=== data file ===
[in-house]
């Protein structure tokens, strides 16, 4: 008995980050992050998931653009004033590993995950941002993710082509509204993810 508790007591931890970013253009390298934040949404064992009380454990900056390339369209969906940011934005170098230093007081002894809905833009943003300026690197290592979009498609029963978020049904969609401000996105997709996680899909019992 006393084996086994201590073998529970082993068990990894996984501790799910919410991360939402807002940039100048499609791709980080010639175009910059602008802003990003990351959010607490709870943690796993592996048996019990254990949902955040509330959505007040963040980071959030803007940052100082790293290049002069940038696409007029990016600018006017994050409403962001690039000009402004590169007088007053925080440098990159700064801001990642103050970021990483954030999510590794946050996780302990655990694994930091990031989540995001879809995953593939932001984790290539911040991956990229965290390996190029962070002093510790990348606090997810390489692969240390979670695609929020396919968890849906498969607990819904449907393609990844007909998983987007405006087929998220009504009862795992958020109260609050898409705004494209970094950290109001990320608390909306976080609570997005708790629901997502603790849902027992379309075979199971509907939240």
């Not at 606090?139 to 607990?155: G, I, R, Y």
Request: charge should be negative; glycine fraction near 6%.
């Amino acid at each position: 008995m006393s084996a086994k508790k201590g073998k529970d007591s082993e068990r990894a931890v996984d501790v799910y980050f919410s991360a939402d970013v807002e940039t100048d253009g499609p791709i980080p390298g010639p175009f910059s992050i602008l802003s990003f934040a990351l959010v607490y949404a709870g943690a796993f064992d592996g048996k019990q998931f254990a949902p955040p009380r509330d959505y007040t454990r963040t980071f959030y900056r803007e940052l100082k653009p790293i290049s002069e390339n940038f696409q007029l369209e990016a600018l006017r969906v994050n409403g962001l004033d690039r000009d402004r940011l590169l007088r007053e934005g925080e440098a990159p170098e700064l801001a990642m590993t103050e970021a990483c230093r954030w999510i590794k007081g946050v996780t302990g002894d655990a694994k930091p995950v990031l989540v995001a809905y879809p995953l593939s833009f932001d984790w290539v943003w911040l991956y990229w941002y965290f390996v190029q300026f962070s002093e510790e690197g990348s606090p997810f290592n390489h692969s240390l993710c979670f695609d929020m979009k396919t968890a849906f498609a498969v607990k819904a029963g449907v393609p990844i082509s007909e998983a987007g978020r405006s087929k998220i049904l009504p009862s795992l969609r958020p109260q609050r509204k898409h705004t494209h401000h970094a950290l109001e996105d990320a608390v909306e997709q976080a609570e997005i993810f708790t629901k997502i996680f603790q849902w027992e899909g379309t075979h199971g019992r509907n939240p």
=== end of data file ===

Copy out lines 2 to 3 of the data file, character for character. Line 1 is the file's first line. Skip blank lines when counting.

């Protein structure tokens, strides 16, 4: 008995980050992050998931653009004033590993995950941002993710082509509204993810 508790007591931890970013253009390298934040949404064992009380454990900056390339369209969906940011934005170098230093007081002894809905833009943003300026690197290592979009498609029963978020049904969609401000996105997709996680899909019992 006393084996086994201590073998529970082993068990990894996984501790799910919410991360939402807002940039100048499609791709980080010639175009910059602008802003990003990351959010607490709870943690796993592996048996019990254990949902955040509330959505007040963040980071959030803007940052100082790293290049002069940038696409007029990016600018006017994050409403962001690039000009402004590169007088007053925080440098990159700064801001990642103050970021990483954030999510590794946050996780302990655990694994930091990031989540995001879809995953593939932001984790290539911040991956990229965290390996190029962070002093510790990348606090997810390489692969240390979670695609929020396919968890849906498969607990819904449907393609990844007909998983987007405006087929998220009504009862795992958020109260609050898409705004494209970094950290109001990320608390909306976080609570997005708790629901997502603790849902027992379309075979199971509907939240």
């Not at 606090?139 to 607990?155: G, I, R, Y």